One immediate change I really liked was the balance. Since I’d never had a gravity-fed 155, this was a very nice surprise. But I immediately liked the difference in balance with the color cup on top and centered. You’d think such a minor adjustment wouldn’t be that noticeable, but I picked it up and thought “where have you been all my modeling life?” And the color cup is no longer bumping into the model if I’m doing close detail work. I guess the best way to describe it is you completely forget the cup is there…. it’s more like an airbrush pencil. It just sort of floats along.
And speaking of detail work… I love hearing modelers talk about how fine a line they can get. “Oh yeah… well I can get a line that is only 3 atoms wide with zero overspray…” “Oh yeah, well mine can go down to .05 nano- fractometers so I can do Luftwaffe mottling in 1/350th scale…”
Yeah, OK, and my mullet was cool. 😉
Face it- how many of us can actually do that kind of work? Or need to? For the average modeler, a consistent, pencil lead thin line is almost always the smallest ever needed. And often, that has more to do with the hand that holds the airbrush than the airbrush.
Now having said that, I’m proud to say I did a pencil lead thin line with only a bit of overspray, using Tamiya acrylics thinned about 2:1 with alcohol. If I’d thinned further, I probably could’ve tightened it down more. The gravity fed brush makes shooting paint at lower psi much easier, so close work is a pleasure. I’d been able to do that with the 155. Now I can do it better with the 105.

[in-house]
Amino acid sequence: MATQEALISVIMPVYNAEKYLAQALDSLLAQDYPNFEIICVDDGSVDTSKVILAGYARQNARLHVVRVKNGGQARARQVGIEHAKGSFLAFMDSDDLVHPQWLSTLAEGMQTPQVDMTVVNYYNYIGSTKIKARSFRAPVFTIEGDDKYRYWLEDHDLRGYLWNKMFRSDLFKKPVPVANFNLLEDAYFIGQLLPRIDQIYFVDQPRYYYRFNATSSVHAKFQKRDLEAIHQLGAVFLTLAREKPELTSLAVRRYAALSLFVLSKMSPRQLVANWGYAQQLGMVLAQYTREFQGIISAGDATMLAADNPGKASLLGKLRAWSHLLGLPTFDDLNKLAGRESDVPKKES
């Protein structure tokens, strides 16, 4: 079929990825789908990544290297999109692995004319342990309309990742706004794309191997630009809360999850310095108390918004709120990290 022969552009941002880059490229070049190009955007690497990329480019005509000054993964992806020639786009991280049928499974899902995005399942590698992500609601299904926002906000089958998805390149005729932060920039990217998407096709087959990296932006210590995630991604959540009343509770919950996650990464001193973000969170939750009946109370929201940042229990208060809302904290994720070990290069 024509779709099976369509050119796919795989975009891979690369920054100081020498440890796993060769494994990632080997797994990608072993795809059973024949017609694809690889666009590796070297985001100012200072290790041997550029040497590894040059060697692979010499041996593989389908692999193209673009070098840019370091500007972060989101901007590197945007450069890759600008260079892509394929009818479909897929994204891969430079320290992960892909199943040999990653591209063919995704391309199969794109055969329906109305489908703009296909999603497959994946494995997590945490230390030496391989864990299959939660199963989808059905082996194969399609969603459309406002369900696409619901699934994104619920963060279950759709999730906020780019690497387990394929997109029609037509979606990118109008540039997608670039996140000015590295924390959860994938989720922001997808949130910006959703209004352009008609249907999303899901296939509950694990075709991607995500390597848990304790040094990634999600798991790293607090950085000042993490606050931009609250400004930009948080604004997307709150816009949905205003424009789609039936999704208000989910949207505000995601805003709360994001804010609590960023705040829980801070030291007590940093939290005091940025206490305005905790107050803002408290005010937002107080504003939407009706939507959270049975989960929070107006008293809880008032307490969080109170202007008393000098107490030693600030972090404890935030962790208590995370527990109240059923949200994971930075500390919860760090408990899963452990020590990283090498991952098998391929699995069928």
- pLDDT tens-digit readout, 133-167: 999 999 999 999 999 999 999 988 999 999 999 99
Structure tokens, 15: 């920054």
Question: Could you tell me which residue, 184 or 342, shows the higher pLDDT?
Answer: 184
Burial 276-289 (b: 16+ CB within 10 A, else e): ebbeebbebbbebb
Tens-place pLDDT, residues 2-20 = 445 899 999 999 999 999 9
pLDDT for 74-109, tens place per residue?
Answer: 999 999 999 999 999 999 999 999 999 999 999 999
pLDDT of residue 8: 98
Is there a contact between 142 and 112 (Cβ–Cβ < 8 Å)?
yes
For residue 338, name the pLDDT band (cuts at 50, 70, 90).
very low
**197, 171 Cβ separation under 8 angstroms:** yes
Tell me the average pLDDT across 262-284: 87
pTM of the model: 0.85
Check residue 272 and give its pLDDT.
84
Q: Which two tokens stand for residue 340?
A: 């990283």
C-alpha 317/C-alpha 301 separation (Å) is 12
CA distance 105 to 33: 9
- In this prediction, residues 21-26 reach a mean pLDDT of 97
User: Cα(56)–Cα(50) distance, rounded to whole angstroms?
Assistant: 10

And I’m quite sure someone with less shaky hands and better eyesight could take it down a few more notches, easily. The point is- if you want tight lines, the 105 can deliver.
And it sprays over a wide area as well. From about 6 inches away at 15-18 psi, with the same 2:1 ratio of paint, I got a pattern a little over two inches across with some overspray. Plenty wide to make quick work of any 1/72 or 1/48 scale aircraft. Bigger aircraft and ships may require more, but if you build those, you kind of expect that anyway.
And cleaning is really simple. I had excess paint in the color cup I wasn’t going to save, so I dumped it in a waste jar. I used my trusty old rag to wipe the color cup out. I then filled the color cup halfway with my cleaner (in this case, alcohol), and using a medium-stiff brush, swabbed down inside the color cup. I dumped out the cleaner, refilled the cup with cleaner, and blew that through at about 40 psi, occasionally rocking the trigger back and forth to work any paint on the needle free. It was clean enough to use another color at that point. (So I did…. 😉
A nice note about cleaning down in the color cup- some gravity fed brushed I’ve used always seem to have a little corner or nook that is hard to reach. Not on the 105. It has a “trough” that is fully accessible, with no hard to reach places. It’s all in reach, which makes cleaning that much nicer.
Before I put it away, I did the needle loosening and cleaning I’d previously mentioned, just to make sure nothing dried out inside that I may have missed.
If you ever do have to break the brush down, put away the wrenches. It’s all hand-tightened. It comes apart in no time flat, and back together just as easy. (For some reason I’m hearing “Major Payne” saying “I like to hang upside down and take apart my Badger 105 real fast and put it back together before my nose bleeds.” The mind is an odd thing…)
I can’t say enough good about this airbrush. It has more ability than I have talent. It just feels good to use, and it delivers everything I need it to do. For most modelers, this will be all the airbrush they’ll ever need. Now that I have this one, and the 155, I don’t know that I’ll ever need another. They’re both very good, and very tough. Like a truck.
They get the job done.
Thanks to Ken Schlotfeldt for this airbrush. Scheduled availability for Badger Air-Brush Company’s 105 “Patriot” is August 1st, 2009. MSRP is $119. (But my guess is you’ll be able to find it for around $80-100 at the usual Badger outlets.)